Atletico Madrid finally celebrate with their fans

“The fans weren’t there, but the soul always was,” Diego Simeone had said on Saturday, describing Atletico Madrid winning LaLiga behind closed doors last season. This weekend, the fans were finally back at the Wanda Metropolitano. There were only 24,926 of them — coronavirus restrictions in Spain mean attendances are still limited — and the game itself, a scrappy 1-0 win over Elche, was nothing special. But the occasion was really quite moving.

Before kickoff, captain Koke was finally able to present the LaLiga trophy to the home crowd, 92 days after clinching it on a dramatic final day. Alongside him was 90-year-old Pedro Palmero, Atletico’s socio No. 1 (in Spain, club members are numbered based on longevity). Tribute was also paid to the 379 members who have passed away during the pandemic while the club’s anthem was played on the violin.

Atletico Madrid might be one of Spain’s biggest clubs, but they’re also a family. As coach Simeone had said a day earlier: “Getting up on a Sunday with your mum and dad and going to the stadium is something beautiful. It’s been a year and a half that we haven’t been able to do that. The fans need football as much as we need them.” — Kirkland

Kane returns for Spurs… but will it last?

Harry Kane is back in a Tottenham shirt… for the time being. The 28-year-old continues to seek a move to Manchester City in what has become the long-running transfer saga of the summer, but he finally made his seasonal reappearance as a substitute in Spurs’ 1-0 win at Wolves. Fans chanted “Are you watching Harry Kane?” as their captain sat out last weekend’s victory over City, but the Spurs supporters at Molineux gave him a warm reception when introduced for the final 20 minutes on Sunday. Kane acknowledged those fans at full-time and coach Nuno Espirito Santo praised the show of togetherness in difficult circumstances.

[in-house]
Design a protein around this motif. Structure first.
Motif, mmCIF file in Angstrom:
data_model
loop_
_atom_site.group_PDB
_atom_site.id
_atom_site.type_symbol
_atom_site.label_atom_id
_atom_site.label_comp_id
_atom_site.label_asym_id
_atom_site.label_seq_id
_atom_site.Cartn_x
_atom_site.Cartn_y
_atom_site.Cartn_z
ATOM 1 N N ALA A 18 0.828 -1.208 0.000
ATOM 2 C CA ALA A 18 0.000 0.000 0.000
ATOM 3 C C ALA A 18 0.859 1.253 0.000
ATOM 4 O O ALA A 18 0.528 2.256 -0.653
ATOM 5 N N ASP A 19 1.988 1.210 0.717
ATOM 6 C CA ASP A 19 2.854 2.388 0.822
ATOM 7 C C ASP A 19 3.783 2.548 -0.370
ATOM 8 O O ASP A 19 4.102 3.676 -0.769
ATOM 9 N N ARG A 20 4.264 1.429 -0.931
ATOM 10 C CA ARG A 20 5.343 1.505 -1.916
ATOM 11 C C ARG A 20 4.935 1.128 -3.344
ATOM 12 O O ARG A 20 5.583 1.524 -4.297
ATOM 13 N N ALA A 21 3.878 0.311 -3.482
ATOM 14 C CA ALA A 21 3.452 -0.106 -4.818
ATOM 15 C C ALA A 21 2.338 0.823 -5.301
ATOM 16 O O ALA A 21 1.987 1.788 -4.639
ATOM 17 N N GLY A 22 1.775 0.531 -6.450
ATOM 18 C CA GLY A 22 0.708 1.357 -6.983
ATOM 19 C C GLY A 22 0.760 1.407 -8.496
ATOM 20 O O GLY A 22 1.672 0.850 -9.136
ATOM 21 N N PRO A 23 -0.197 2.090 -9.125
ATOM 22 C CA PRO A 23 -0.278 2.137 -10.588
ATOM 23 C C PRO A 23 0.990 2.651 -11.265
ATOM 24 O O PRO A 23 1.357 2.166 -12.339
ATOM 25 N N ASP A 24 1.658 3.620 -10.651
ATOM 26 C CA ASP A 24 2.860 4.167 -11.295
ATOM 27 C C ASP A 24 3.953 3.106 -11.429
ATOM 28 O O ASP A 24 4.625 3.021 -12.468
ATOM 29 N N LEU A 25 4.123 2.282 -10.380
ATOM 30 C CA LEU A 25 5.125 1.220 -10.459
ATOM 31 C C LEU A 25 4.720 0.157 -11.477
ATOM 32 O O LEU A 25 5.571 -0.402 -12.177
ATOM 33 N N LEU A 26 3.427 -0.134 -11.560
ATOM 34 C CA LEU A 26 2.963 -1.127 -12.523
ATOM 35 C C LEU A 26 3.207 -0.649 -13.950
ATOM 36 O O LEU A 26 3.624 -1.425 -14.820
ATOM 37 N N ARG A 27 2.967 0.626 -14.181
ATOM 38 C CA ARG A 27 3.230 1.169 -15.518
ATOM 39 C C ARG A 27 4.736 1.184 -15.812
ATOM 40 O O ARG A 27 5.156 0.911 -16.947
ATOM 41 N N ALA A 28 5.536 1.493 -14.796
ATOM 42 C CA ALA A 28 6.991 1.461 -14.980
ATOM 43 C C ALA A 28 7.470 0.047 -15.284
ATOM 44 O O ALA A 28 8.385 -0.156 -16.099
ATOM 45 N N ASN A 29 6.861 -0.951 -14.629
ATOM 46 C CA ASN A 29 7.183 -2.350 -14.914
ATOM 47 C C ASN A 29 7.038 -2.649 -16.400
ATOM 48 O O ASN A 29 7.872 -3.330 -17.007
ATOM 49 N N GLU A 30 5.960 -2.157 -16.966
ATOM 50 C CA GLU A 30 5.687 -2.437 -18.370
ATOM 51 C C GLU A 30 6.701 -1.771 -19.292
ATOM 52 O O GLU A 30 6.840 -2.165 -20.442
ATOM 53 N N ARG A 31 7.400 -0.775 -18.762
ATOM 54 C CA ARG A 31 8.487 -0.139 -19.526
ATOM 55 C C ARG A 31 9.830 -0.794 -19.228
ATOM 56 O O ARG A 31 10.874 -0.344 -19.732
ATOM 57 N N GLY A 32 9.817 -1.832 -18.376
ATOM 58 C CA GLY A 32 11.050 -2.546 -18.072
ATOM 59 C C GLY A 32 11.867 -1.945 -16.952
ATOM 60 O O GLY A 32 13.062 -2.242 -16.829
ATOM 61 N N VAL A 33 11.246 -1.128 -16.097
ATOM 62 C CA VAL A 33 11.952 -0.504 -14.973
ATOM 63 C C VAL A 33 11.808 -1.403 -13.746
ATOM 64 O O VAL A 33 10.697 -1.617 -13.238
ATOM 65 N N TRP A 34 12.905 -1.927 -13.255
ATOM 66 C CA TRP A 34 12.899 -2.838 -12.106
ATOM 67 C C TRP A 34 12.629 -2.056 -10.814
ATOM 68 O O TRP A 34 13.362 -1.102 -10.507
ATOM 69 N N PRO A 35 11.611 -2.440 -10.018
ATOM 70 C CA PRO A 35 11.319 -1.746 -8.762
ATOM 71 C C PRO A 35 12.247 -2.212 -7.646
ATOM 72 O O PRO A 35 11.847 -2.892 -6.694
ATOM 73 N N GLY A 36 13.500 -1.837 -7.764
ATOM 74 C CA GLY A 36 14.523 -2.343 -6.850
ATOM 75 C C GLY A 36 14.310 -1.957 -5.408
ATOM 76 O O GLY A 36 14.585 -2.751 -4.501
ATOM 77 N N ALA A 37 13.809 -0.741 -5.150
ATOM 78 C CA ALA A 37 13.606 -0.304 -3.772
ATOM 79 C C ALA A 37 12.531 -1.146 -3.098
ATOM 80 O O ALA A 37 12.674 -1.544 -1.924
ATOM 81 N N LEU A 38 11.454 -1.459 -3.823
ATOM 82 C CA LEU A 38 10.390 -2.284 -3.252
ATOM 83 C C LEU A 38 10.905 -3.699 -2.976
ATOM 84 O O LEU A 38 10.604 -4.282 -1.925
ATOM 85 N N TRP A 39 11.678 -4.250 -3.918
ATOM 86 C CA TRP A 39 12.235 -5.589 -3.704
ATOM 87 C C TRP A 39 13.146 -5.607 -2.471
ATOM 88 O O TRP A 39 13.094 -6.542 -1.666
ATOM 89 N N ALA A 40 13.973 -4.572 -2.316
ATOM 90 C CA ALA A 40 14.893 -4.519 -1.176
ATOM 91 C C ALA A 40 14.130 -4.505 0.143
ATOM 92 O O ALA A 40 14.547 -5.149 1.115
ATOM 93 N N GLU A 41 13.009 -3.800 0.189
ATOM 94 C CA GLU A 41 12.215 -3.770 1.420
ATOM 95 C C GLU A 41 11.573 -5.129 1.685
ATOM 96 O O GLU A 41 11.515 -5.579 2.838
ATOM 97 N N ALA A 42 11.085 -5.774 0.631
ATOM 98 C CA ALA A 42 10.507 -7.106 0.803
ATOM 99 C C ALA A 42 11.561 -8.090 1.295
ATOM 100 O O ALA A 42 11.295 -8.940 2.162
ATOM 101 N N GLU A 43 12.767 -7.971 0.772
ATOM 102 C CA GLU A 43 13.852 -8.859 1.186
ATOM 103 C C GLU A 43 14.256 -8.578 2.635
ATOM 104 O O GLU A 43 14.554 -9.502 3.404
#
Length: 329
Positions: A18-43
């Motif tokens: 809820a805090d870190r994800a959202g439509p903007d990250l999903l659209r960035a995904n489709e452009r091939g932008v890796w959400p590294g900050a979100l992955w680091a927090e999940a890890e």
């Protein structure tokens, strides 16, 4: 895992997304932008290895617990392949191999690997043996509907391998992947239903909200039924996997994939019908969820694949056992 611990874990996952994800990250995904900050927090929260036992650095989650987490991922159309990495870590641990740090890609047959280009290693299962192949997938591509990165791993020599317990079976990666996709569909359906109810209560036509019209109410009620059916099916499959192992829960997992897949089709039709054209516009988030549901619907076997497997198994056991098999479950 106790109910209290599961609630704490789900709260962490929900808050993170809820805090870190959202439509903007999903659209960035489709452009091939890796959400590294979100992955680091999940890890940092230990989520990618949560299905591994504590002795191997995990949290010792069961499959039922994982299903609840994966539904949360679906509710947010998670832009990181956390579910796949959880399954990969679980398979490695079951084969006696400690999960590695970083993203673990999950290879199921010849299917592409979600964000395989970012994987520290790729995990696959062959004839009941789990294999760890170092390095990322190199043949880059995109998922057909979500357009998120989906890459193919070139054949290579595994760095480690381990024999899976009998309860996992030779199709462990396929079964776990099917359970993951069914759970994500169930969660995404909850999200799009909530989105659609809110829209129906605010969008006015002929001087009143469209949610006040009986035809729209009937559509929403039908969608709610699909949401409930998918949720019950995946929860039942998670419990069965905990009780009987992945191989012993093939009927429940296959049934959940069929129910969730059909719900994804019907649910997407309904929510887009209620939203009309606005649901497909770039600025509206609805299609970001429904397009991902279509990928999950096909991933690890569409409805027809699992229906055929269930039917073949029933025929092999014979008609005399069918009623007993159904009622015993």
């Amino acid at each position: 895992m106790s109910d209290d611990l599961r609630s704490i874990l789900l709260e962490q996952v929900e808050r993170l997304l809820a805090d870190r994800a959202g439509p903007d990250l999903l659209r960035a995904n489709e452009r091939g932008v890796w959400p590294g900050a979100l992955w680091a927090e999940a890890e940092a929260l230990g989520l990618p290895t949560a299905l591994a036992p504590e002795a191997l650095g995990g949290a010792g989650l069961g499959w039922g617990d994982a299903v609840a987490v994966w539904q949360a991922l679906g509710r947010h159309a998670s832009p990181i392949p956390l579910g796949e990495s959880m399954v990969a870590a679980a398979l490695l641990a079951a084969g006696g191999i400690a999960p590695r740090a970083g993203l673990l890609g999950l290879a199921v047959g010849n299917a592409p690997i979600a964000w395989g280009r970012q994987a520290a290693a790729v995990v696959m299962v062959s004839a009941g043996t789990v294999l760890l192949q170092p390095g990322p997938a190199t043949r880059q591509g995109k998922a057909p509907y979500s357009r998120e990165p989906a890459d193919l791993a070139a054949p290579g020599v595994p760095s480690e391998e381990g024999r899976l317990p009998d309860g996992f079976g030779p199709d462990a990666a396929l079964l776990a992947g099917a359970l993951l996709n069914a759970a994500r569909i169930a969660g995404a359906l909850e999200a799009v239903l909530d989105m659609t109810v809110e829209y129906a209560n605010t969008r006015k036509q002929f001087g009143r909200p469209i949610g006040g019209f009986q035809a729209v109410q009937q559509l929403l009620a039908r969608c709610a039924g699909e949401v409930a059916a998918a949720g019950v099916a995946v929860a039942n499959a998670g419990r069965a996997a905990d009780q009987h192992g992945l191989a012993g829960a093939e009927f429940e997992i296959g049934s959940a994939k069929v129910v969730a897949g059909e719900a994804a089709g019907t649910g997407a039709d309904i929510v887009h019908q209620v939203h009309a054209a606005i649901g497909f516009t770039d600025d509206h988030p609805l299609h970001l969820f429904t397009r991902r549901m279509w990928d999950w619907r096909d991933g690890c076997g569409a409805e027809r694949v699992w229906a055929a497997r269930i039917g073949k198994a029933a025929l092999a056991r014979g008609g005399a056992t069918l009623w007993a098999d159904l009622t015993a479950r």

The battle lines have been drawn for some time: City want Kane but won’t pay £150m, while Spurs don’t want to sell him at all given his importance to the cause. A huge bid could shift the dial before next Tuesday’s transfer deadline but as time ticks down, Kane looks more likely to stay and if so, this was a step forward in his reintegration to a central role. — James Olley

Honorable Mention: Chaos for three big clubs

It’s not all smooth sailing for Europe’s elite clubs as three teams expecting to contend in their respective leagues aren’t off to the best of starts. Real Madrid needed two goals in the final 17 minutes from Vinicius Jr. to salvage a 3-3 draw at Levante. It was a spicy affair overall, with Levante falling behind 1-0 only to take a 2-1 and 3-2 lead over Carlo Ancelotti’s side; there was also the added fun of Ancelotti picking a front three of Eden HazardGareth Bale and Karim Benzema, only for the young Brazilian to come off the bench and save the day. (Bale did score the opening goal after just five minutes, slotting home Benzema’s low cross, but did little else from there.)